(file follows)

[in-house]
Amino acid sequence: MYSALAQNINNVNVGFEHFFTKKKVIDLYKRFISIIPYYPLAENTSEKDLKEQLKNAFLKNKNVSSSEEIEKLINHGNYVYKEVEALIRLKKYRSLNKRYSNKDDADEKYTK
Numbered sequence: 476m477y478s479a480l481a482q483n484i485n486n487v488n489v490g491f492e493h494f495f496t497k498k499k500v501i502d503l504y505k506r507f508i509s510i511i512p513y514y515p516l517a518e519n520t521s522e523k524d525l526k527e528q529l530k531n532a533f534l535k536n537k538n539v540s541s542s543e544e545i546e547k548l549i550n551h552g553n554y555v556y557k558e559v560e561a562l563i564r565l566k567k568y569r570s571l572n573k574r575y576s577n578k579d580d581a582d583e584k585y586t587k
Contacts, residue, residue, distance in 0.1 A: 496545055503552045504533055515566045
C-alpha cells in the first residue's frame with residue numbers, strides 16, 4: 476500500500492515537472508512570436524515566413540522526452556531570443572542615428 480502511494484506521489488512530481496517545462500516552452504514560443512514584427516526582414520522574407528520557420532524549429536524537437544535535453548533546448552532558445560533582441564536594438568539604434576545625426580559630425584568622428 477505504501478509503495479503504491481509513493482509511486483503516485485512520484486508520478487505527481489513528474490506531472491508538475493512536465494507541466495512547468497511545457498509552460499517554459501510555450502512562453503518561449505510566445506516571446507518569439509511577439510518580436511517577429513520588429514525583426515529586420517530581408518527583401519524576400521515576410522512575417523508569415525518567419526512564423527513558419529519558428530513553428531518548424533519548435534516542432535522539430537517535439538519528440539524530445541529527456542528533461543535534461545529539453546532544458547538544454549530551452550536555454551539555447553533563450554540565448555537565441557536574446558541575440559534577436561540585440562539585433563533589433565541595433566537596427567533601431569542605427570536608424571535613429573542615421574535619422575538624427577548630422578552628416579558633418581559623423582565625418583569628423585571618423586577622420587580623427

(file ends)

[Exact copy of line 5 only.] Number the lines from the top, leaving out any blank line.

C-alpha cells in the first residue's frame with residue numbers, strides 16, 4: 476500500500492515537472508512570436524515566413540522526452556531570443572542615428 480502511494484506521489488512530481496517545462500516552452504514560443512514584427516526582414520522574407528520557420532524549429536524537437544535535453548533546448552532558445560533582441564536594438568539604434576545625426580559630425584568622428 477505504501478509503495479503504491481509513493482509511486483503516485485512520484486508520478487505527481489513528474490506531472491508538475493512536465494507541466495512547468497511545457498509552460499517554459501510555450502512562453503518561449505510566445506516571446507518569439509511577439510518580436511517577429513520588429514525583426515529586420517530581408518527583401519524576400521515576410522512575417523508569415525518567419526512564423527513558419529519558428530513553428531518548424533519548435534516542432535522539430537517535439538519528440539524530445541529527456542528533461543535534461545529539453546532544458547538544454549530551452550536555454551539555447553533563450554540565448555537565441557536574446558541575440559534577436561540585440562539585433563533589433565541595433566537596427567533601431569542605427570536608424571535613429573542615421574535619422575538624427577548630422578552628416579558633418581559623423582565625418583569628423585571618423586577622420587580623427